In three urban slums, SHOFCO is successfully integrating early childhood development education and nutrition needs of children under age five

In three urban slums, SHOFCO is successfully integrating early childhood development education and nutrition needs of children under age five
September 19, 2019 Denis Koech

The first 1,000 days of a child’s life are critical to physical and mental development. Proper nutrition, healthcare and sanitation are necessary to ensure young children reach their full potential. 

For children living in slums, this is a risky period. Children living in slums lack access to clean water, face poor sanitation and are frequently unable to access to social and healthcare services. Families live hand to mouth, rarely able to  afford three nutritious meals each day. Slum-dweller socio-economic status often mean that meals are cheap and easy to prepare, intended to fill the belly but unable to provide suitable nutrition for a growing body. 

To address these challenges, SHOFCO operates three Early Childhood Development (ECD) centers in Nairobi’s Kibera, Mathare and Mukuru slums. Our ECDs provide a safe, stimulating early learning environment for children below the age of five years with an emphasis on addressing the needs of those who are experiencing or are at high risk of delayed developmental milestones.

Nutrition is paramount for the children in our ECD centers. In 2018, SHOFCO’s Mathare ECD program recruited 31 children. Seven of these children were suffering from acute malnutrition and six were suffering from anemia. The children were put into nutrition and anemia programs and now have a clean bill of health. In addition, all children are dewormed and receive Vitamin A supplements twice per year. 

Our ECD teachers are trained to recognize symptoms of malnutrition, such as being withdrawn, poor language skills , delayed physical development as compared to those of peers, poor feeding and overall poor health. SHOFCO’s ECD program recognizes the complex and varied factors that contribute to delayed developmental milestones in children and works with the health program to handle cases which include acute malnutrition, anemia and worms. Most of these cases are identified during recruitment of children for the program.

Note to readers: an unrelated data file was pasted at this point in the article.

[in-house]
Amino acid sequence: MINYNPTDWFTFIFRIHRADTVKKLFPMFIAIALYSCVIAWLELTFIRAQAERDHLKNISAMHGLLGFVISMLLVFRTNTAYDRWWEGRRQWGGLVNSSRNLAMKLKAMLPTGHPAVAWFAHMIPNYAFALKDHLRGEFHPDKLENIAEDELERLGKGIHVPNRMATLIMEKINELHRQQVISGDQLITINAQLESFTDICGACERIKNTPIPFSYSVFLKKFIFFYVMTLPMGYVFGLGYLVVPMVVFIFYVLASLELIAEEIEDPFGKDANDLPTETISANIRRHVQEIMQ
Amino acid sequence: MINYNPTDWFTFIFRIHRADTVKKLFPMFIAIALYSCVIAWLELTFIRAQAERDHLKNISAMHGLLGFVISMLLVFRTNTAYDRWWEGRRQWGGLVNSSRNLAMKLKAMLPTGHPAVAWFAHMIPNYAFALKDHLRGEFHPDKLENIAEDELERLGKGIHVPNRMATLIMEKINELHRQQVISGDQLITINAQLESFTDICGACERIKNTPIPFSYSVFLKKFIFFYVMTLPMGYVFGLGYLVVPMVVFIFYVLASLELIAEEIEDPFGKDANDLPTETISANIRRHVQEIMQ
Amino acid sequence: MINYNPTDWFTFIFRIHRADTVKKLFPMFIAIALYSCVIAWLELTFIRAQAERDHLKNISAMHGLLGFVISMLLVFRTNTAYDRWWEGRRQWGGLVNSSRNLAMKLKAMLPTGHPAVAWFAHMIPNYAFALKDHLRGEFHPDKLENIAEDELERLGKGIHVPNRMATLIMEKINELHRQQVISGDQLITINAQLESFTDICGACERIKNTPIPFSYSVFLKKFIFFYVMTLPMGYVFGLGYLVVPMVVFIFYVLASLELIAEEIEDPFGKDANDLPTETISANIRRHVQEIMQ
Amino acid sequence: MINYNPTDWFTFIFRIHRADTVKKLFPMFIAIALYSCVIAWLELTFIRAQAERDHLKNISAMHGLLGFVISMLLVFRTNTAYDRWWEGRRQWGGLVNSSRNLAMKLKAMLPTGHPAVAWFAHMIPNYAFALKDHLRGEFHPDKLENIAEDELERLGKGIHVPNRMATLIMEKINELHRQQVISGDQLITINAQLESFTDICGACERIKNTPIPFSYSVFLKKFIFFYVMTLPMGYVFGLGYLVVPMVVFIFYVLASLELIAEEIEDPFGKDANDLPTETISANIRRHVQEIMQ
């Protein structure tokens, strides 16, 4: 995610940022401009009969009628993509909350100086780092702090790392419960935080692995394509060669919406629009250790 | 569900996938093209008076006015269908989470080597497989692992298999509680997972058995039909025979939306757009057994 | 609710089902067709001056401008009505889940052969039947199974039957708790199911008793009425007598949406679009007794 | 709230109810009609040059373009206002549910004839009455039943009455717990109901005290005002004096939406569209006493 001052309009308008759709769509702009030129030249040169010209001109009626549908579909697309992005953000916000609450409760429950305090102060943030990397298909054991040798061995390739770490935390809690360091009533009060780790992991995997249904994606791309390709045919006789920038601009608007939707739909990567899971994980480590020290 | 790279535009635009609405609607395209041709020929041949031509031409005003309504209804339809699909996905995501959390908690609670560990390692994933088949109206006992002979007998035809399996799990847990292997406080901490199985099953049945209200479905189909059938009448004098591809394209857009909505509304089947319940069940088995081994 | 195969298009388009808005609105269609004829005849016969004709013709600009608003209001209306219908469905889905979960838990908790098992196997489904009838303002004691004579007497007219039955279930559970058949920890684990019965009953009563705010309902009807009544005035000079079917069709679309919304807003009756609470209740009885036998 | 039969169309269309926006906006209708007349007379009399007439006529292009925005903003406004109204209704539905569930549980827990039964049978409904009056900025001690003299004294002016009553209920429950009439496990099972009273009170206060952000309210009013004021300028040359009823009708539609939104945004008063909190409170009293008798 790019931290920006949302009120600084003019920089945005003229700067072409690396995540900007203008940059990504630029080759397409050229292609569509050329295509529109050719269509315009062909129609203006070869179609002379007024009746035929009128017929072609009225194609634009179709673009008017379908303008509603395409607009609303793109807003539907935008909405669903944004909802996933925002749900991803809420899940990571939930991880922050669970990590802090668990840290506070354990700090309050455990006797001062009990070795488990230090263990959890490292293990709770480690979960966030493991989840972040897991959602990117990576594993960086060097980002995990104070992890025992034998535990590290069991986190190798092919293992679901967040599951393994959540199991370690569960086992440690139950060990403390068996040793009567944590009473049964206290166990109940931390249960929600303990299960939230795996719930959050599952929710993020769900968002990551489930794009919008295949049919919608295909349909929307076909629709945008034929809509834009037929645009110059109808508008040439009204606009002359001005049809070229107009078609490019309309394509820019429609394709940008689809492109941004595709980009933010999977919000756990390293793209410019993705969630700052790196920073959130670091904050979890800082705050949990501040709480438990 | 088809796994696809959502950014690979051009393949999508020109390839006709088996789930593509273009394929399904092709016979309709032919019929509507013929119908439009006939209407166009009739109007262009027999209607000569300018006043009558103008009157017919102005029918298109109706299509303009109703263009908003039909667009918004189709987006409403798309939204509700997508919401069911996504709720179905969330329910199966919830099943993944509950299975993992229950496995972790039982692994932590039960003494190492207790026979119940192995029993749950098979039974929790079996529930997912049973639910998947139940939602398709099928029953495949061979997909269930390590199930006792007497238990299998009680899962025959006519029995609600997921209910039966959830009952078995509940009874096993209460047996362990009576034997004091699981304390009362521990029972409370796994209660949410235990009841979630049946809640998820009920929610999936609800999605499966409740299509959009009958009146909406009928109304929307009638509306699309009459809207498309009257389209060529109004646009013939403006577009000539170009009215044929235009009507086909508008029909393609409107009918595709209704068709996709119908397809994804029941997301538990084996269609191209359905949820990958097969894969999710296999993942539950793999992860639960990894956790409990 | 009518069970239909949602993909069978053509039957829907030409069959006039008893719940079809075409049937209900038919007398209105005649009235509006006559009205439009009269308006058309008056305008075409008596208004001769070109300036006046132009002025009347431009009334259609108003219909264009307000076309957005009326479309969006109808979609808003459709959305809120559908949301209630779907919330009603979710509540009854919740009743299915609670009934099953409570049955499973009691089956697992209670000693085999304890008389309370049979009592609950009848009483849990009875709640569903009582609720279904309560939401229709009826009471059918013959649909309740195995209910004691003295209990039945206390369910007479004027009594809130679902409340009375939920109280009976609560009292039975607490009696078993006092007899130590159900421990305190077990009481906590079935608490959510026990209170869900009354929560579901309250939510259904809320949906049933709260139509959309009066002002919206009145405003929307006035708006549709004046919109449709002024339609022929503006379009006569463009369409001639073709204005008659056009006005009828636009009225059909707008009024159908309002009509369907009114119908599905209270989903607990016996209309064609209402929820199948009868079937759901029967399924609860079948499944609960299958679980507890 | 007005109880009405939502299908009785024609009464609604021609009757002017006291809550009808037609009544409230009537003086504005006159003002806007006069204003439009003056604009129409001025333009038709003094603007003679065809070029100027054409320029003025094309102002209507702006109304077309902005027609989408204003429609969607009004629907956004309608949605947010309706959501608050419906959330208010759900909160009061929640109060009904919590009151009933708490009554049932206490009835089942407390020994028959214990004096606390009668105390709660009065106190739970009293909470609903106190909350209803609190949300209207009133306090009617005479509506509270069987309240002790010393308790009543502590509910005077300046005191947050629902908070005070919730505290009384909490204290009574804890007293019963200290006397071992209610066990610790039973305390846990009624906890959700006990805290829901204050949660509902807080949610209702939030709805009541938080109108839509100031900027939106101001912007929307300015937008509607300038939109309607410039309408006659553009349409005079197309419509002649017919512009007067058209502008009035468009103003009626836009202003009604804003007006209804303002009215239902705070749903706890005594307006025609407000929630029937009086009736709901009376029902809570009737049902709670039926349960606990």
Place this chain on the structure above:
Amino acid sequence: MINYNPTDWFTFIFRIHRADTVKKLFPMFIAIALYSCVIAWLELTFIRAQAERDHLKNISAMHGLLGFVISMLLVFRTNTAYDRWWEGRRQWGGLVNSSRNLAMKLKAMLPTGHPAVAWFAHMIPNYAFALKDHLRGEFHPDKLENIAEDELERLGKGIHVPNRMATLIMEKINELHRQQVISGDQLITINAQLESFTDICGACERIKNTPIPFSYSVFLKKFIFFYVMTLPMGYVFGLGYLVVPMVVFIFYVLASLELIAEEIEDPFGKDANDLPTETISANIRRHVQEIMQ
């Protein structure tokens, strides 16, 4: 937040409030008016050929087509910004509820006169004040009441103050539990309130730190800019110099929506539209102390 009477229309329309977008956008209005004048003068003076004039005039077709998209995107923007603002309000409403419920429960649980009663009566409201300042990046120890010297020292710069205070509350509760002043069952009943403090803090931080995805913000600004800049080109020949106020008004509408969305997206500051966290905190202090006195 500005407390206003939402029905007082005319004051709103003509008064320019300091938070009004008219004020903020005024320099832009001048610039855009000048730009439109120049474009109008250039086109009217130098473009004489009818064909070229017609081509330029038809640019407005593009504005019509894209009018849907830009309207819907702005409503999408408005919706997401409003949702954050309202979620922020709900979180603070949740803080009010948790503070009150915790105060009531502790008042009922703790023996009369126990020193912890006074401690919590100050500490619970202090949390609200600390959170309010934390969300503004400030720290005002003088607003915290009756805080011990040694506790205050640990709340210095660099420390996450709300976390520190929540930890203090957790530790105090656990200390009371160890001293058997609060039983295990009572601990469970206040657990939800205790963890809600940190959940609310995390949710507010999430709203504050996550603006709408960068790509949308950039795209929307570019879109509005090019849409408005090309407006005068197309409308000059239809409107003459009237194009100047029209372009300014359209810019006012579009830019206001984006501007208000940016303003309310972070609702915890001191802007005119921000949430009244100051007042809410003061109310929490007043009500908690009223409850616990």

This would not be possible without close coordination with SHOFCO’s healthcare services. Last year, SHOFCO clinics in Mathare and Kibera screened 12,874 children for malnutrition and as a result, 850 children suffering from acute malnutrition were enrolled in malnutrition supplemented feeding clinics. SHOFCO’s healthcare and ECD centers are life-changing for these children and their families.

“Most of the time, mothers have to spend time away fending for their families, leaving their children in the hands of their siblings or older folks who are not able to adequately feed them on the single meal left behind by the mothers,” according to Emma Ingaiza, SHOFCO’s Mathare Clinic Manager. “Poor sanitation, due to lack of access to clean water leads to comorbidities especially diarrhea that is accompanied by poor feeding,predisposing the children to malnutrition.” 

Inside an ECD classroom in Kibera

Zahra, aged 3 years, was underweight and emaciated when she entered the ECD program and was unable to eat or feed herself. She could not utter a word or even sit-up, Zahra preferred lying on the floor.  This meant that teachers and attendants had to feed her and provide assistance so that she was able to engage with classmates.

“We helped her improve verbal communication and to engage with others. She was also placed on a nutrition program in our Mathare clinic which included minerals supplementation and fortified take-home meals. And, after a few months, the outcomes were great.” says Ms. Merecia Juma, our ECD social worker in Mathare.

According to Merecia, “the little girl is no longer shy and can feed herself with little assistance. She no longer experience cases of diarrhea, pneumonia attacks and dehydration as was the case before she came into the program.” 

After joining SHOFCO’s ECD, the nutrition and health status of our students improves dramatically. Nearly 100% of the children in our ECD centers are on track with developmental milestones, and all can be seen happily running around the classroom and chatting with their peers.

SHOFCO Global Board member Jeremy Mindich launches SHOFCO Mathare ECD center in July 2019. PHOTO: Anwar Sadat

Social workers in all SHOFCO ECD centers work closely with the children and their families. They provide monthly child development classes, 1:1 coaching and linkages to SHOFCO’s holistic set of services. Parents and caretakers are able to access SHOFCO’s healthcare services, group savings and loan and sustainable livelihoods programs to help them improve the economic situation for their families. Our holistic approach is designed to support individuals and families across the spectrum of needs they face living in the slums.


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